Yesterday the U.S. House of Representatives passed the National Cybersecurity Protection Advancement Act (NCPAA), a bill that would provide liability protections for companies sharing cyber threat information with the Department of Homeland Security’s National Cybersecurity and Communications Integration Center (NCCIC).  A related bill, the Protecting Cyber Networks Act (PCNA), was passed by the House on Wednesday and would provide similar liability protections when companies share information with civilian agencies.  As we reported last week, the two bills are expected to be combined before heading to the Senate.

National Cybersecurity Protection Advancement Act

NCPAA, which originated in the House Homeland Security Committee, was passed yesterday by a vote of 355-63.  The bill is designed to encourage companies to share information regarding “cyber threat indicators” and “defensive measures” with each other and with NCCIC by providing liability protections for companies that engage in such sharing for cybersecurity purposes, as well as for companies that fail to act as a result of such sharing.  The bill provides similar protections for companies that engage in “network awareness,” a term defined by the bill as “to scan, identify, acquire, monitor, log, or analyze information that is stored on, processed by, or transiting an information system.”  NCPAA would also permit NCCIC to share information regarding cybersecurity threats with private companies, in addition to other non-federal entities.

The bill includes a number of provisions designed to limit the privacy impact of information sharing, including a prohibition on federal use of shared information to engage in surveillance for the purpose of tracking individuals’ personally identifiable information.  The bill also would require that the Department of Homeland Security establish and annually review privacy and civil liberties policies and procedures governing the “receipt, retention, use, and disclosure” of information shared with NCCIC pursuant to the bill.

Eleven amendments to the bill were adopted before the final vote, including an amendment proposed by Rep. Mick Mulvaney that would sunset the provisions of the bill after seven years.  Another amendment, proposed by Rep. Jim Langevin, clarifies that the term “cybersecurity risk” does not apply to actions solely involving violations of consumer terms of service or consumer licensing agreements.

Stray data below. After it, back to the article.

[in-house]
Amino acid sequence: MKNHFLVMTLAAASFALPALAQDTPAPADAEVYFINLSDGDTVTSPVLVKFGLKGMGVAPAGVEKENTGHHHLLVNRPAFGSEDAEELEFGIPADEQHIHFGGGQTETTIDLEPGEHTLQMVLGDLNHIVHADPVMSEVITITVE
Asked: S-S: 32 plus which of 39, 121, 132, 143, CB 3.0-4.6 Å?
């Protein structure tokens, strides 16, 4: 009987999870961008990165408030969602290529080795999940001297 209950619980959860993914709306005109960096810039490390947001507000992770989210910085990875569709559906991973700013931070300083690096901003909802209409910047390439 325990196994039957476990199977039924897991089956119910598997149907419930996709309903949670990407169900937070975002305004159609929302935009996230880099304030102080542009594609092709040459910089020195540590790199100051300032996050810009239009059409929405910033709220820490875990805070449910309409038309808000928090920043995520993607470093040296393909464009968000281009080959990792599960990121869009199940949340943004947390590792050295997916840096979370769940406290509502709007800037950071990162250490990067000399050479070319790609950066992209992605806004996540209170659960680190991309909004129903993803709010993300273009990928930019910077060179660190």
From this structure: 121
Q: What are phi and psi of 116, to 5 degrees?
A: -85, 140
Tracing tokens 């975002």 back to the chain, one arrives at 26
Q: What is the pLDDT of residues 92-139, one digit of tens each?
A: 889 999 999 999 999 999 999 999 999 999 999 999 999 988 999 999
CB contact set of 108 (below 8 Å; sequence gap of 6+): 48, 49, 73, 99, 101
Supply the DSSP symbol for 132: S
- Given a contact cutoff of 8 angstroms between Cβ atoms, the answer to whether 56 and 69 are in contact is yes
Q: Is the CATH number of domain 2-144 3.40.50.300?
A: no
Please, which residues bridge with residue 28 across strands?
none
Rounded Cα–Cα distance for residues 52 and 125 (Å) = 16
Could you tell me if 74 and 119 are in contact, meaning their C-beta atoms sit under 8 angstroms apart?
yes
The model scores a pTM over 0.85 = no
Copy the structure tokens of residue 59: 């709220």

Protecting Cyber Networks Act

PCNA originated in the House Intelligence Committee and was passed Wednesday in a 307-116 vote.  Like NCPAA, the purpose of PCNA is to encourage companies to share information regarding cybersecurity risks.  Under PCNA, however, such information would be shared with civilian agencies rather than the Department of Homeland Security.  PCNA will also allow the federal government to share information regarding cyber threats with private entities, non-federal government agencies, and state, tribal, and local governments.

The bill would require that companies, prior to sharing information regarding a cybersecurity threat, take reasonable efforts to remove personal information identifying individuals not related to the threat.  It imposes a similar requirement on information shared by the federal government.  In addition, the bill directs the Privacy and Civil Liberties Oversight Board to report to Congress and the President every two years regarding the sufficiency of procedures to address privacy and civil liberties concerns.

Like its Homeland Security counterpart, PCNA was amended to sunset the bill’s provisions after seven years.  Other amendments adopted by the House would require reports from Government Accountability Office and the Inspector General on the effectiveness of the bill’s privacy protections.

Now that NCPAA and PCNA have passed the House, the two bills are expected to be combined before being sent to the Senate for consideration.  A companion bill in the Senate, the Cybersecurity Information Sharing Act, is expected to be brought to the floor of the Senate in the near future, although that process may be delayed by a group of senators who plan to offer additional privacy-focused amendments.